I have to begin by stating that my knowledge of Mark Shea's alleged meltdown during this US presidential cycle really hasn't been at the forefront of my mind, the foremost reason for which being that Roman ecclesiology can get you into a difficult position. Shea, to his credit, follows Roman ecclesiology to its logical conclusions, even if it may or may not lead to the occasional bout of theological and doctrinal incoherence.
This out of the way, Mark Shea posits that the pro-life movement has been or will be compromised by supporting Donald Trump.
It needs to be said, Shea is sounding the alarm a little too late....about thirty years too late. The pro-life movement was thoroughly compromised when in the wake of Roe v. Wade, it aligned itself to politics that restricted the term to only one issue. In the pursuit of a political solution to a moral and spiritual problem, the pro-life movement was forced to rally behind politicians who had no genuine intention of overturning Roe v. Wade (which would be political suicide) and who proposed policy that would come into conflict with any honest reading of the Gospel and the Tradition. One cannot forget the pro-life movement's circling around George W. Bush, despite an illicit war and a foreign policy that blurred the protections of basic human rights over seas.
The inability to address a moral and spiritual issue on moral and spiritual grounds led the pro-life movement to cozy up to political interests and undercut any integrity the position had. This is why, in large part, the social justice movement (in religious circles) never adopted the pro-life movement's opposition to abortion - pro-life seems little interested in "whole life" and putting its money where its mouth is to support the integral development of lives (both mother and child) they thought they were saving.
But again, this did not begin with supporting Trump. Supporting Trump is the logical conclusion to both a) the trajectory the pro-life movement has been on, and b) the new alignment of the culture.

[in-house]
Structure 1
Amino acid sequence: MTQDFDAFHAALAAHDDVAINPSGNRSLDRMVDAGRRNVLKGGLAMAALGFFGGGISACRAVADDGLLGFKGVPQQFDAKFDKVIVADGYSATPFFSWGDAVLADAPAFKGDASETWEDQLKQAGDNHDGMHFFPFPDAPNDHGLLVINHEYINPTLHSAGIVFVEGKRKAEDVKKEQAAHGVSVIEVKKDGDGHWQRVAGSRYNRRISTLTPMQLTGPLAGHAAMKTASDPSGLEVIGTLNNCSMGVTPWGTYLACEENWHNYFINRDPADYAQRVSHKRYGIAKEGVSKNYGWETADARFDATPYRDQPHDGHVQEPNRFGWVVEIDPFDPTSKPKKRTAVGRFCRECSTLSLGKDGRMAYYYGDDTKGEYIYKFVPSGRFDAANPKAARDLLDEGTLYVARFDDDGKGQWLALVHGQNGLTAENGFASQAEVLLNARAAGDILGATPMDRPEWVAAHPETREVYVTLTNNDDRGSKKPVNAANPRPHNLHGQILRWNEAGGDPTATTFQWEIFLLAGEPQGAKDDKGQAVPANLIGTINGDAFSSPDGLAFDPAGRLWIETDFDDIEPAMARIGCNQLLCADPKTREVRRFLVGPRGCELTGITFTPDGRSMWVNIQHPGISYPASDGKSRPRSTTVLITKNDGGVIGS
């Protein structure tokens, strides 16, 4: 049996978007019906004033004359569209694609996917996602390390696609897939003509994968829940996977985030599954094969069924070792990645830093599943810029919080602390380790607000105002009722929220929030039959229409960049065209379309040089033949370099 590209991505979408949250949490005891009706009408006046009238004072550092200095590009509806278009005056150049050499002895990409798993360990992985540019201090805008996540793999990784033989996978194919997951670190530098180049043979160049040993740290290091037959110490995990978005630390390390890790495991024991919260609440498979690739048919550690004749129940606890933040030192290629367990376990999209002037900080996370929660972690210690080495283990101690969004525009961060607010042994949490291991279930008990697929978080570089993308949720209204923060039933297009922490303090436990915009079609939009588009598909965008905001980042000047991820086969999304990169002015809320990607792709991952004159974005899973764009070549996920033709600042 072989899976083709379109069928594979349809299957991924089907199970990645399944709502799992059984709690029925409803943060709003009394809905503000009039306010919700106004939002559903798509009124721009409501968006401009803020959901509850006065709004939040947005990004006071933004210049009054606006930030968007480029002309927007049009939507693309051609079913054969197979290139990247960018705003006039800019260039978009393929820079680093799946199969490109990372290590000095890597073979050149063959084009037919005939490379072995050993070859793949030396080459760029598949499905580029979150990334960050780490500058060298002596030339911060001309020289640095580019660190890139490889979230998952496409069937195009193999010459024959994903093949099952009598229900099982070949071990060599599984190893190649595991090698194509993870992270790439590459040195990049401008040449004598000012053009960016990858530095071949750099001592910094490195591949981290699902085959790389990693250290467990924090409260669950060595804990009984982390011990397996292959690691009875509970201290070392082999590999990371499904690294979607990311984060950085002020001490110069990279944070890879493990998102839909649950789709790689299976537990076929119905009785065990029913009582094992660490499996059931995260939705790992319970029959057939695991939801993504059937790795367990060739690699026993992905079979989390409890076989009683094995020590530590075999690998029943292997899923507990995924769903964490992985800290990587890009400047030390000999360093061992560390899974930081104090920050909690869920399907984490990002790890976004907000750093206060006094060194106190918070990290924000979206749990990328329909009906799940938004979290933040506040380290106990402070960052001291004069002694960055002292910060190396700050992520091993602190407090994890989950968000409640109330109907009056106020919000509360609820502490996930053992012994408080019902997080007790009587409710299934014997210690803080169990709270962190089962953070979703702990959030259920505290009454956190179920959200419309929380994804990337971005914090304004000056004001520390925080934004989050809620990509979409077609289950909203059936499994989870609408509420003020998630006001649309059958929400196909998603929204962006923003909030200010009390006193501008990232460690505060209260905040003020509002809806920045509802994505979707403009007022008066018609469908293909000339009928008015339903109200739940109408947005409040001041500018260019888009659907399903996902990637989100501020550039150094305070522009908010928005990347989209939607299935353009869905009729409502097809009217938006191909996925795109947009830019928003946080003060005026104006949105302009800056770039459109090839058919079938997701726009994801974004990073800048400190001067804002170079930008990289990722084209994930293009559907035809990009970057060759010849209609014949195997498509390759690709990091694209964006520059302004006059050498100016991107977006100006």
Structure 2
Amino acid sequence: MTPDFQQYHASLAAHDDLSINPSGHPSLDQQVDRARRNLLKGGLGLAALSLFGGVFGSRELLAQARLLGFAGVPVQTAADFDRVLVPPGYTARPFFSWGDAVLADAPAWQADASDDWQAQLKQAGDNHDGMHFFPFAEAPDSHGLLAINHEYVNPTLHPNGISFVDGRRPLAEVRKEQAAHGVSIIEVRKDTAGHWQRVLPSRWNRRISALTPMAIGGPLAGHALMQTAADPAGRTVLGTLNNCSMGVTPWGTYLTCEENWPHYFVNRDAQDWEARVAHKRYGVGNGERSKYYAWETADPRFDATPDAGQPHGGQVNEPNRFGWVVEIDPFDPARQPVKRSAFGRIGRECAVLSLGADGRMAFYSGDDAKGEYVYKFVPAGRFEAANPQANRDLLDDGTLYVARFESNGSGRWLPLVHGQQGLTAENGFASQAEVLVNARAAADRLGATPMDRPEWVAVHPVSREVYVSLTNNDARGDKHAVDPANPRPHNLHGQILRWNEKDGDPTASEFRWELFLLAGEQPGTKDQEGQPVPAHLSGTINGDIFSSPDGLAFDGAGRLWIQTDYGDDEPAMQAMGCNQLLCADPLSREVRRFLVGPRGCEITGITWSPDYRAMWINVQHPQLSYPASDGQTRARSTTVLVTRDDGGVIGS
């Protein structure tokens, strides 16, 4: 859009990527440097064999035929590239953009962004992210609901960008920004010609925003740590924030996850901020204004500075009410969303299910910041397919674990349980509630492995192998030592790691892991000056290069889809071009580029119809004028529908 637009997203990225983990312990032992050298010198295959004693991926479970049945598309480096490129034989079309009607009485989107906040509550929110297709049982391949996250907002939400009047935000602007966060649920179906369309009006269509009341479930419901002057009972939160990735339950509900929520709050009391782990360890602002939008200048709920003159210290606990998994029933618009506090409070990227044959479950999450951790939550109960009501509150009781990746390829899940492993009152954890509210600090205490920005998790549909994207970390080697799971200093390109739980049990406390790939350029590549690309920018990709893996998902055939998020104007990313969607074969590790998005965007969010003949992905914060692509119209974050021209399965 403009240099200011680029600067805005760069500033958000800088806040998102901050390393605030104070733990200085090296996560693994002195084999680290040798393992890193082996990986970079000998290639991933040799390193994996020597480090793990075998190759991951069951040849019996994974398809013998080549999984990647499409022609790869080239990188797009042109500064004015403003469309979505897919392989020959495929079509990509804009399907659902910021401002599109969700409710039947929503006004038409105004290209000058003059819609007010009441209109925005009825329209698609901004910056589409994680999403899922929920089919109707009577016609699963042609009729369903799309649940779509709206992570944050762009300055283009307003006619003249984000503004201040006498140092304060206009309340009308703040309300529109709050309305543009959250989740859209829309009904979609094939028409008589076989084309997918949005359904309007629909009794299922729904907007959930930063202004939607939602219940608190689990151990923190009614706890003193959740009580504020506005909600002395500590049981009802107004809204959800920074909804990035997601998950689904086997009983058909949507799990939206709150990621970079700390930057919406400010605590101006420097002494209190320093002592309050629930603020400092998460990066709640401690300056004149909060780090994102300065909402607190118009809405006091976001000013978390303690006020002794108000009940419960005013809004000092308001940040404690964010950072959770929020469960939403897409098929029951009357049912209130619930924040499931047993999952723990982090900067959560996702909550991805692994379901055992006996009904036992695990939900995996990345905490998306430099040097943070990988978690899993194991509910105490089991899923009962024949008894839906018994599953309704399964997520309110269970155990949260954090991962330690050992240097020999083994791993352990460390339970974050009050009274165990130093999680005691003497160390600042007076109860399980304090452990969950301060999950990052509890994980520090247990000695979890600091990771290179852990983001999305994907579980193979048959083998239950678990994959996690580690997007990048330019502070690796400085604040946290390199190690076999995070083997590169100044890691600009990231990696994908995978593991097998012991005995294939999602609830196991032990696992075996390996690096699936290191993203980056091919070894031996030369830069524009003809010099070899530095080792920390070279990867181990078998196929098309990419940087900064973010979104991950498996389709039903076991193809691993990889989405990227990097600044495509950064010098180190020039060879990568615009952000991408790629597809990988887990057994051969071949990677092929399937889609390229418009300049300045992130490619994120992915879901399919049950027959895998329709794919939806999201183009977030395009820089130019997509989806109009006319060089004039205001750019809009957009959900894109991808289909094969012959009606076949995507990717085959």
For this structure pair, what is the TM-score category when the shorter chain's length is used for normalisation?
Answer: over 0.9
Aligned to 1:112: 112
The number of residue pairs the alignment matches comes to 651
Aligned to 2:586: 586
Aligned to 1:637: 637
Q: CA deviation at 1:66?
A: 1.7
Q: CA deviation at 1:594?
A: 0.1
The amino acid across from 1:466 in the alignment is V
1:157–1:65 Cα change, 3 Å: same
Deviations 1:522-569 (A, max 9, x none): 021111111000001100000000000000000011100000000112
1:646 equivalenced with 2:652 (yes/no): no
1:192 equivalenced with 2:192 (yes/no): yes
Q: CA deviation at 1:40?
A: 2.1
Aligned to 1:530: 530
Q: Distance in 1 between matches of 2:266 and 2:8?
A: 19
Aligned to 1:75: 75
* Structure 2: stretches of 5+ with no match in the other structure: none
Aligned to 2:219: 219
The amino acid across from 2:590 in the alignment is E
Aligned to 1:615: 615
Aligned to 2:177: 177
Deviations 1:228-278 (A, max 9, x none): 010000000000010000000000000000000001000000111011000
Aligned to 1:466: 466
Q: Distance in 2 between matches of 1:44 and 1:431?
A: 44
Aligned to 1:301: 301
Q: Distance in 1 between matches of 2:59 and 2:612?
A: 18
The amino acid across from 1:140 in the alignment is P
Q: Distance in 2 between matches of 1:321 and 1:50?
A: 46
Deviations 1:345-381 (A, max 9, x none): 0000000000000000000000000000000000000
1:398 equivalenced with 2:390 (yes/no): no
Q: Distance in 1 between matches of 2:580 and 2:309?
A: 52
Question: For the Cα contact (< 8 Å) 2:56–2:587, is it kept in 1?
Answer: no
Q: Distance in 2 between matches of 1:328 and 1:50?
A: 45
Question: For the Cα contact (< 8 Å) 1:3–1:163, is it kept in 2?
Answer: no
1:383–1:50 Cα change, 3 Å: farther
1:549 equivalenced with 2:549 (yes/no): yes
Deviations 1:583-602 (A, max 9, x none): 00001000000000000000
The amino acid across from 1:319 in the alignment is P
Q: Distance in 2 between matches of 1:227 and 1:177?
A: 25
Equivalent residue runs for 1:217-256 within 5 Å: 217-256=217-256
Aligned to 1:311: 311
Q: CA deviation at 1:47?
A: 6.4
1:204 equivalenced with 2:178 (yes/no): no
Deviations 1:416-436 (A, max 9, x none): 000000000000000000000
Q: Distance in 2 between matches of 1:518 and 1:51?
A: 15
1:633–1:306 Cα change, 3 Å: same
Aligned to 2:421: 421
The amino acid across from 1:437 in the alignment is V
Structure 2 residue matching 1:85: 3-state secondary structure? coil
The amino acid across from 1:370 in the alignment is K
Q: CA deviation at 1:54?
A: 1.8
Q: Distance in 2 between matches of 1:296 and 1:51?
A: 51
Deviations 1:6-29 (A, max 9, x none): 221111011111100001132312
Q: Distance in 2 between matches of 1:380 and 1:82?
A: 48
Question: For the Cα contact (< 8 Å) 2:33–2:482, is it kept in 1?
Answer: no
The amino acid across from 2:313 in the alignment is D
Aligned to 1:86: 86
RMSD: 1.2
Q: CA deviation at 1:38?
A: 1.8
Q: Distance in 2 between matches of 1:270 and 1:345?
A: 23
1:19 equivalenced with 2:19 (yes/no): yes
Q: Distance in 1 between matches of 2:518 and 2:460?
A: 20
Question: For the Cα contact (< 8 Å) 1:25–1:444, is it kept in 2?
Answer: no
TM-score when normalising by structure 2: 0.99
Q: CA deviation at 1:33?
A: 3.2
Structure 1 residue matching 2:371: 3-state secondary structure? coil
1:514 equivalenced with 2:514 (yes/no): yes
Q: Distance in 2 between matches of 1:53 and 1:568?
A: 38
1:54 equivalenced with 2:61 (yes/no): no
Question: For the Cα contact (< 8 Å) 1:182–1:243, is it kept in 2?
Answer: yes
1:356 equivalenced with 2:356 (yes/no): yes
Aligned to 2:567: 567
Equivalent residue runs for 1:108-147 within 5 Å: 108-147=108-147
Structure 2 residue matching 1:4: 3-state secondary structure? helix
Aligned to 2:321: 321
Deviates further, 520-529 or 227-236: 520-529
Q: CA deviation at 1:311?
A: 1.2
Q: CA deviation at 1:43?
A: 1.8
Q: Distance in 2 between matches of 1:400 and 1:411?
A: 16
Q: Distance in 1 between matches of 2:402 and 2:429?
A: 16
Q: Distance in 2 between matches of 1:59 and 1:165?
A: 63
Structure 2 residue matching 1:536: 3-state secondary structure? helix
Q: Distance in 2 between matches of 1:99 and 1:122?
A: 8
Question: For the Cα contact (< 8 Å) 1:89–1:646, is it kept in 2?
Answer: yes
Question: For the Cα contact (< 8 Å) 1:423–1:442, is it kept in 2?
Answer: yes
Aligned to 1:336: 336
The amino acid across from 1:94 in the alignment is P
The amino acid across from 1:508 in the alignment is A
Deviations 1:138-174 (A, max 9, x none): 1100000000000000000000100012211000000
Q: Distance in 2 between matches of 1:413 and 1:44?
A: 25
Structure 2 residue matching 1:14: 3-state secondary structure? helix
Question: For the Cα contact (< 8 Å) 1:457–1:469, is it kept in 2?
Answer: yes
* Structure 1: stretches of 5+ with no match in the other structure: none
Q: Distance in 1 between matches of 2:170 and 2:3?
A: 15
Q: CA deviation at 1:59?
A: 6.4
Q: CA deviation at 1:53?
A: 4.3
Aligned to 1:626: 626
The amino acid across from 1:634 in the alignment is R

In the current climate, Christianity can no longer expect to yield public influence - those days are gone. The anti-Christian sentiment (led by marginal Christians no less) has grown to such a point that Christianity is now in a position of simply trying to be tolerated in the current cultural climate. Yes, it is more politics with the intention of supporting a presidency that will, at least at the level of federal law, allow Christian churches room to breathe, that is, adhere to certain convictions that are now thoroughly despised by the culture. Trump, by not making abortion, gay marriage, or religious freedom election issues, and by welcoming both evangelical Christianity and the LGBT community into his fold, provides an opportunity to find respite from the pressure Christianity has felt in the US for the past decade.
Is this the right approach? It falls in line with a 1700 year history of getting too close to the state to have proper distance.You can be the judge as to whether or not this is the right decision. There is no doubt that Christianity as a whole is in turmoil in the West - it is divided among itself and is looking headlong at a generation that is so un-churched it has no appreciation for the good religion can produce (though it knows a litany of religion's mistakes). Whether or not another political decision to issues that are moral if not spiritual is debatable.